Re-read Your Translation
Not only should you re-read it, but re-read it out loud. Does it make sense? Are there parts that sound strange?
If something sounds strange go back to the original and see if you understood it correctly. Double check that you have! Ask a Japanese friend or someone online if you’re unsure. Don’t just assume that you understand it, especially if you’re a lower level of Japanese.
As I mentioned you should avoid translating word for word, this is the same as sentence for sentence as sometimes a text might sound better with different sentence structure.
TIP: Reading the original over and over, and then re-reading your own translation over and over will give you a better understanding of the original and a better translation. The more you do this with translations the faster you’ll get, the better your comprehension will be and the less you’ll need to do this.
TIP: Give your translation to someone who doesn’t know Japanese so they can read if it sounds fluent in English or not. – The aim is for it to not sound translated in the first place!
Practice, Practice, Practice
Some of the best advice I ever read for translation was something along the lines of “Don’t charge people for your translation until you’ve done at least 30 pieces that are at least 500 words in length on that subject.”
Basically, you need to practice a lot. And you should avoid doing it in any old subject, but pick a subject or type of translation you enjoy and are interested in. Do you want to translate manga? Then find some raws and work on translating some chapters by yourself. Then perhaps join a scanlation group for further practice?
If you want to translate novels then read a lot of novels in Japanese before you begin translating them. Then pick one you’ve read and enjoy and start translating it 500 words at a time.
One person’s comments on Gaming translation was that the best game translator he had was one who play video games in Japanese all the time. It wasn’t just a job, but a hobby and something they enjoyed. And because they did it so much they were really good at producing fast high quality work.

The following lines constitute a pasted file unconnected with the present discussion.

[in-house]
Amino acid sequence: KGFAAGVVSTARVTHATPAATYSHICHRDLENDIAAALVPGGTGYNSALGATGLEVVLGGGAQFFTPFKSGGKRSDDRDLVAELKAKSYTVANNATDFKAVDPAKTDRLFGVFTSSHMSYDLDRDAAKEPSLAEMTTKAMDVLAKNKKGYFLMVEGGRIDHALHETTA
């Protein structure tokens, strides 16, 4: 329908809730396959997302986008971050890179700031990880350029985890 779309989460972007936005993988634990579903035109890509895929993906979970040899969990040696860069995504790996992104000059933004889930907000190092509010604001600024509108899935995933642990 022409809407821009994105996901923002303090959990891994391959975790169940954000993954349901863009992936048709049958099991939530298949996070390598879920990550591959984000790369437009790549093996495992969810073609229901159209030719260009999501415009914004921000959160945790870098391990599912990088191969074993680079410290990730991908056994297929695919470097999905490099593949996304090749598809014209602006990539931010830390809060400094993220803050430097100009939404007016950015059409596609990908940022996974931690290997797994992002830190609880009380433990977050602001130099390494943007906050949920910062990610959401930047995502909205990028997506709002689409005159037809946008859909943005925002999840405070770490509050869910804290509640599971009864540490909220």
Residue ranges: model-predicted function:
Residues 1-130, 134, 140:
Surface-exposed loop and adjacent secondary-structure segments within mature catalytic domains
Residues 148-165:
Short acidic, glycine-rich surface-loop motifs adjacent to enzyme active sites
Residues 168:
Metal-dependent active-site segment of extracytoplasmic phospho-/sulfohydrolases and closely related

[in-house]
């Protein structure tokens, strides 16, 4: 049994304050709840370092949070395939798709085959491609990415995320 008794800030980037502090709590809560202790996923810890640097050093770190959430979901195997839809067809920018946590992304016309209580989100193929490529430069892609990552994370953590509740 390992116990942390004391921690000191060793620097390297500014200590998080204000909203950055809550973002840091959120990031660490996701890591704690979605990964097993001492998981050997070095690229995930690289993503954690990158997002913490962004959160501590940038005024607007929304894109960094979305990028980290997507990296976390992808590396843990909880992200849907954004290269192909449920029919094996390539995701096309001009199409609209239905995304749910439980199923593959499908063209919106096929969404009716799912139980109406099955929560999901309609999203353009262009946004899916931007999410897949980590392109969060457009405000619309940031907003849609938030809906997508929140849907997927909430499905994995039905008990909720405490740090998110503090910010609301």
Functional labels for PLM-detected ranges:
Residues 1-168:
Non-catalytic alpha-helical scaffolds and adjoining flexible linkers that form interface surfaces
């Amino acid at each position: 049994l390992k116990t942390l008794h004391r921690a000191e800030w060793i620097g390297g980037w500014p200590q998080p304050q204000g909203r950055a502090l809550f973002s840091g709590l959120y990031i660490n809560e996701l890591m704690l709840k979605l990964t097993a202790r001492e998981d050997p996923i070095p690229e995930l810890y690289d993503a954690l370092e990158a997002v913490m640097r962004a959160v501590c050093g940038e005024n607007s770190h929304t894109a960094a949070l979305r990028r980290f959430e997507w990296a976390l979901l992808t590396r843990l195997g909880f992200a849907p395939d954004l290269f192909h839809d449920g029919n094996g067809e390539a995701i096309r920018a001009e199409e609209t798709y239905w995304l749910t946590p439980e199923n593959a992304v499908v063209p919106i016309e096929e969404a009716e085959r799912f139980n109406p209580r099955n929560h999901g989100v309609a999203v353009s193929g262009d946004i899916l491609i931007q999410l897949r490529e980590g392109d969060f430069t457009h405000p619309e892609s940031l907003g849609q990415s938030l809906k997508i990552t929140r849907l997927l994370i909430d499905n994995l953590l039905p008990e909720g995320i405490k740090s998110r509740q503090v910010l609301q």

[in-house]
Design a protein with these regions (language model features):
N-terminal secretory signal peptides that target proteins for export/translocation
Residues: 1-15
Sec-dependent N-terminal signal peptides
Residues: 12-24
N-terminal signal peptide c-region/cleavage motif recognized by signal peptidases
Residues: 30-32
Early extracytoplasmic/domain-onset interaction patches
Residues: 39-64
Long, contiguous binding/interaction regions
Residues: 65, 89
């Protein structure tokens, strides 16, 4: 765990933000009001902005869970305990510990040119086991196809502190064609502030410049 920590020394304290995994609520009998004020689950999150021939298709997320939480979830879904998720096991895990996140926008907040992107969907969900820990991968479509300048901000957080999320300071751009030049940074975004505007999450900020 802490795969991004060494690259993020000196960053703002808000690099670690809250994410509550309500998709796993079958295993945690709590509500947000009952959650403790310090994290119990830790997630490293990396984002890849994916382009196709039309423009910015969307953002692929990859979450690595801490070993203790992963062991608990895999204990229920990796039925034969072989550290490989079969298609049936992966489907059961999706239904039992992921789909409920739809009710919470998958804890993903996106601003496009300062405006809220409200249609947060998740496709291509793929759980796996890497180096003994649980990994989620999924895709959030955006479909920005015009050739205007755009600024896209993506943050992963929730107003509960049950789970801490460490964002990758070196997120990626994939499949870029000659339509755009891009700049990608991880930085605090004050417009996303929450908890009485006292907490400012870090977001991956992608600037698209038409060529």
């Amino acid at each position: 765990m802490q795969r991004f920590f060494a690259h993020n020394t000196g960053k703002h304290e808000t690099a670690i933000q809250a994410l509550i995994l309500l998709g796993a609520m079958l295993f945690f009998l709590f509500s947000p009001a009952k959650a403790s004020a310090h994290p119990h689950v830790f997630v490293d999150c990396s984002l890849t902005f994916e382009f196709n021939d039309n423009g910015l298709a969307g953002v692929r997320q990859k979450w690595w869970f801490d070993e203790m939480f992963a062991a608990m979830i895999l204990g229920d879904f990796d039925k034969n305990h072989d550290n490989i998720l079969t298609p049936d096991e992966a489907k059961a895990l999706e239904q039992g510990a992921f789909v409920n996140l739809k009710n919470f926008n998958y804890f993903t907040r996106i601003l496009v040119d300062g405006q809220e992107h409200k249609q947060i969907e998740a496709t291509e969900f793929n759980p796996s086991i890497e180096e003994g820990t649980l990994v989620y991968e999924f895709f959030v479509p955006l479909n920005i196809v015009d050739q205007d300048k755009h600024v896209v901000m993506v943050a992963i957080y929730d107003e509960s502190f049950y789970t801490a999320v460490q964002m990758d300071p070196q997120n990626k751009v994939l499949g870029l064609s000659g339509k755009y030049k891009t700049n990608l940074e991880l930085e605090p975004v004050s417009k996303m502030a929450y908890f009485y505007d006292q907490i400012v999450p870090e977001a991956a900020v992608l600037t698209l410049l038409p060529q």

Over time these small projects will build up, and the more you do the better you’ll become.
In my previous post Getting Translating Experience I I suggest ways to improve your Japanese and to practice, this includes a translating blog, which I do. It’s important to keep adding things regularly to something like this as you can use it as a portfolio later on when you want a job and many companies ask for the dreaded ‘experience’, which you’ll have some of by then.
Other Resources for Beginner Translators
The Routledge Course in Japanese Translation by Yoko Hasegawa – A great book which covers theory and tips on translating between English and Japanese. Includes practice exercises and examples, but the Japanese has no furigana making them very difficult if you’re not N1 level. Worth buying though! (I suggest you start this book by reading Chapter 8 and then Chapter 6 before anything else as most of this book is theory based, these two are the most practical chapters).
Translation and Translation Studies in the Japanese Context – A series of articles looking at translation in different contexts. Good if you’re interested in translation from an academic perspective, gives you an idea of its implementation in real life contexts.